THE recently proposed merger of Lockheed and Martin Marietta
Corporations threatens to stall the remarkable and little-heralded
process of post-cold-war defense conversion. If approved, it could
force many companies engaged in the search for civilian uses for
their highly skilled personnel, facilities, and know-how to turn
instead to the risky game of courting rivals and building empires.
In turn, the Pentagon will face fewer suppliers with even greater
Merger mania has belatedly bloomed in the defense industry,
unleashing the same frenzy that hollowed out many American
corporations in the 1980s. The rationale is that in an era of
defense cutbacks, consolidation would permit contractors to save on
overhead; with lower costs they could pass savings on to taxpayers
and beat out competitors. This may be true in the short run, though
tens of thousands of jobs will be lost and taxpayers will absorb
But there is a darker side to the proposed merger. Fewer
competitors and bigger size will mean greater leverage in dealing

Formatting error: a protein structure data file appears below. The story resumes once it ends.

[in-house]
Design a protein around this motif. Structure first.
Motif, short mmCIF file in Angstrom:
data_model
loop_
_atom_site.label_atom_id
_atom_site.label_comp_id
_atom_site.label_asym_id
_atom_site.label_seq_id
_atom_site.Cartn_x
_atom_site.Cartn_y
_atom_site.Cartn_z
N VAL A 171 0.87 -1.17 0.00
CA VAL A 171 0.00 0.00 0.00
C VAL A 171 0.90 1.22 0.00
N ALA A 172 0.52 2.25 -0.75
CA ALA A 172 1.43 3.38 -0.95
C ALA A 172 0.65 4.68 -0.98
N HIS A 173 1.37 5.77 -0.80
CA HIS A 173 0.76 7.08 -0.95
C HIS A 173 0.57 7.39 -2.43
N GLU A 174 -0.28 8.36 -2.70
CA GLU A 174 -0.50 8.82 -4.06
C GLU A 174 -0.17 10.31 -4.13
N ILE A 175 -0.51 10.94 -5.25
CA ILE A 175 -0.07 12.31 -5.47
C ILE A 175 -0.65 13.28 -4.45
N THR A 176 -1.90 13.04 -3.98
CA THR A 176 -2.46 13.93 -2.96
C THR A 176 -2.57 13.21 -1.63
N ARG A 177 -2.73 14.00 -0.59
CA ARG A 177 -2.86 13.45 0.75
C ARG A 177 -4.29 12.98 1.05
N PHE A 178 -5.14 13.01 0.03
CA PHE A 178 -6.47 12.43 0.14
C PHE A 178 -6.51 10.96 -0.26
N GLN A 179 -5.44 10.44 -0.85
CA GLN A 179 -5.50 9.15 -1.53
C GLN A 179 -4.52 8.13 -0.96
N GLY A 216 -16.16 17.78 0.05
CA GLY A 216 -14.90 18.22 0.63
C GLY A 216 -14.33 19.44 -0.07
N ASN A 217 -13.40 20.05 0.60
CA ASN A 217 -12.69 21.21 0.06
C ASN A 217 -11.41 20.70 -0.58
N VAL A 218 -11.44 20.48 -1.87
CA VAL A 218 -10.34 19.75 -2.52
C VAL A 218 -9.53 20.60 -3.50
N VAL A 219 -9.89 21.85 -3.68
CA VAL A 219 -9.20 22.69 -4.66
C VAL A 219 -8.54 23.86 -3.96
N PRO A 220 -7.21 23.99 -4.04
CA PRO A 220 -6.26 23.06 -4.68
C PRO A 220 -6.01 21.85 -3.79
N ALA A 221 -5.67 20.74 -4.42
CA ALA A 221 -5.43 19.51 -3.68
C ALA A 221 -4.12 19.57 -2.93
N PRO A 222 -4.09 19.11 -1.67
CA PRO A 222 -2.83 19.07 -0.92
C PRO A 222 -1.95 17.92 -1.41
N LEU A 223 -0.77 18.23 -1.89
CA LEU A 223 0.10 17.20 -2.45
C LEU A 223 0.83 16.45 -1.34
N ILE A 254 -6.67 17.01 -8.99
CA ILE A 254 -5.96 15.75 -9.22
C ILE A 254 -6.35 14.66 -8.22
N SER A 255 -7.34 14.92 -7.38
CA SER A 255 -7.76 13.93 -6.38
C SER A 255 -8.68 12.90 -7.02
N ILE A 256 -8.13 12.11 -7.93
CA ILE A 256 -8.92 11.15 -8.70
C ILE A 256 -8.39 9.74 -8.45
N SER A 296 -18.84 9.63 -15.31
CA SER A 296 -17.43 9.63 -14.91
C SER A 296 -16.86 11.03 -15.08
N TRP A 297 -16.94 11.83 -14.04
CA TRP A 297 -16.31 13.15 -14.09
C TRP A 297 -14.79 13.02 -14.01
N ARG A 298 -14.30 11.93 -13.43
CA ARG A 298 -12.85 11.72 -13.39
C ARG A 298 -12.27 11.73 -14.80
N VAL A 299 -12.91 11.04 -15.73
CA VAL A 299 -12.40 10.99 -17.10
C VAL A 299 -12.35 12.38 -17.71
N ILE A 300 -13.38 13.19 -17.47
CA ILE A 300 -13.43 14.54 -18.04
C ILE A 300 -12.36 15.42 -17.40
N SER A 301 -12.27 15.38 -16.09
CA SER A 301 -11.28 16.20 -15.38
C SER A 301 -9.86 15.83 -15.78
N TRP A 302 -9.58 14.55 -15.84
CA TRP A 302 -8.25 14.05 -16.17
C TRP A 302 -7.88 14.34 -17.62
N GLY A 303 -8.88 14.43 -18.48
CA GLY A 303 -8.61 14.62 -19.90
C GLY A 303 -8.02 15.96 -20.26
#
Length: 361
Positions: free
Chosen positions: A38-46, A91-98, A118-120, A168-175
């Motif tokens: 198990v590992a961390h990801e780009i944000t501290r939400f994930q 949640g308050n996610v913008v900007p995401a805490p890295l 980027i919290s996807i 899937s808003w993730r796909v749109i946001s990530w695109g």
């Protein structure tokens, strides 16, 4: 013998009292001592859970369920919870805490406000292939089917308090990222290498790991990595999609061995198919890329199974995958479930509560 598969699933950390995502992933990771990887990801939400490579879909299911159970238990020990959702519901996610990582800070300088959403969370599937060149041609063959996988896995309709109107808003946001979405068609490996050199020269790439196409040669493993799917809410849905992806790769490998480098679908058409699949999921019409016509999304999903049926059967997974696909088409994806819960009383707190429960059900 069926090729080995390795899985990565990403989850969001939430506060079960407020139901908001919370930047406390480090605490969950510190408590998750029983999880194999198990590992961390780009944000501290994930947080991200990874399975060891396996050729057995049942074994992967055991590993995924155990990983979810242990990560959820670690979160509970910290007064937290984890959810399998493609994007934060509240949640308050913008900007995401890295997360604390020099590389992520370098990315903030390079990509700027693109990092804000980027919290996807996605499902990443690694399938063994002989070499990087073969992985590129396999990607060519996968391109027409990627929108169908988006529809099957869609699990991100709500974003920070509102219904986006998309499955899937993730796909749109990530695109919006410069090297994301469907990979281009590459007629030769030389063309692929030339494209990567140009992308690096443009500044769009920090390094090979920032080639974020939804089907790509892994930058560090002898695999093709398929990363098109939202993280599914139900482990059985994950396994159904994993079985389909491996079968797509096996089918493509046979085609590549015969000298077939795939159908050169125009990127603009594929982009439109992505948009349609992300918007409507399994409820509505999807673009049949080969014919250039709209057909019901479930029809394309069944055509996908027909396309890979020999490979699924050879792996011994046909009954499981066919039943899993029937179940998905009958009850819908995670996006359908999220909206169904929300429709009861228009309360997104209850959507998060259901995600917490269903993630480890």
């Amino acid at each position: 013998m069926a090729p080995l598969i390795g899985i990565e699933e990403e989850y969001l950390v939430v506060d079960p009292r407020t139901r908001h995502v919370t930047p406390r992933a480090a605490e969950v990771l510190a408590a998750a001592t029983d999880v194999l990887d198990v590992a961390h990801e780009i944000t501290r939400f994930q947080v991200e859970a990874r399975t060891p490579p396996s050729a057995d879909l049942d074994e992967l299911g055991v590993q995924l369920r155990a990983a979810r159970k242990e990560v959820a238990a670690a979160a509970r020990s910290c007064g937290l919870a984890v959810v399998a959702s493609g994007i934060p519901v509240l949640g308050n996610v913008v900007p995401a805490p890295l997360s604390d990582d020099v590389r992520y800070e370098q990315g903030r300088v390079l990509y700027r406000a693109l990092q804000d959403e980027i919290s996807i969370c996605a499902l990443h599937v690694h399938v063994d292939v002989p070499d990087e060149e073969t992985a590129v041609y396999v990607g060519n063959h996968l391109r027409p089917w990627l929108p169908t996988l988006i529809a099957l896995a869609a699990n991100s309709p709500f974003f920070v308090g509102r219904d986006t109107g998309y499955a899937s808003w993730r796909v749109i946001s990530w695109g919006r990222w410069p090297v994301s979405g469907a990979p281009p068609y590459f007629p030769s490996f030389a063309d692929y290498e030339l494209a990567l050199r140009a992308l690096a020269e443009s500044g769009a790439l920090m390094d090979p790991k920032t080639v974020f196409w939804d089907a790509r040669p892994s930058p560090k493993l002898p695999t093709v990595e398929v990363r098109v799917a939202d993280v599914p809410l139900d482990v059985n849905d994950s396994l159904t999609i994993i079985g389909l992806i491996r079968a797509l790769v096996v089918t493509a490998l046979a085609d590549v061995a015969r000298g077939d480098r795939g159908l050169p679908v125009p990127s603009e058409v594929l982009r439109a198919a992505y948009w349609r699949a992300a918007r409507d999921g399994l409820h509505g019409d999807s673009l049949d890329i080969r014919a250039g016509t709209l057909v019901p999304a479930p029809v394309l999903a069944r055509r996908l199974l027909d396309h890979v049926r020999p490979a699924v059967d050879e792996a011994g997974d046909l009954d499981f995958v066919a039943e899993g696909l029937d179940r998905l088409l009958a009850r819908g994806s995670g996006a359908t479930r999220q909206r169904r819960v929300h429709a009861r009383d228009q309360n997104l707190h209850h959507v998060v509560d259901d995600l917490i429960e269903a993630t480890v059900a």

with the Pentagon and Congress. Political analysts worry about the
considerable heft of a Lockheed Martin in the American "gunbelt,"
the coastal and Southern states favored by defense spending. The
mammoth survivor would have enormous power to convince Pentagon
officials and military users of the indispensability of its
products and its plans for new generations of military equipment.
It would also have greater bargaining power in setting weaponry
prices, especially in missile and satellite programs.
Although some leading military contractors consistently naysay
conversion, prominent among them Martin Marietta's CEO Norman
Augustine, our research shows that conversion efforts are
surprisingly widespread and increasingly successful, even among the
largest firms. Conversion has a long history.
Dupont worked assiduously after World War I to retain its
employees and facilities, mostly committed to munitions, and
successfully moved into the paints, plastic, and synthetics
businesses. After World War II, aluminum makers like ALCOA found
marvelous markets in housewares and appliances, while Boeing
transformed itself into a first-rate, dual-use aircraft company,
weathering the post-Vietnam cuts remarkably well.
Today, contractors from the smallest to the largest have mounted
conversion initiatives. Some are already profitable. Although small
and medium-sized companies - more nimble and perhaps more desperate
- are more successful at conversion, large companies like Hughes/GM
and TRW Inc. are making dramatic strides in applying aerospace
expertise to automobiles, transit systems, and intelligent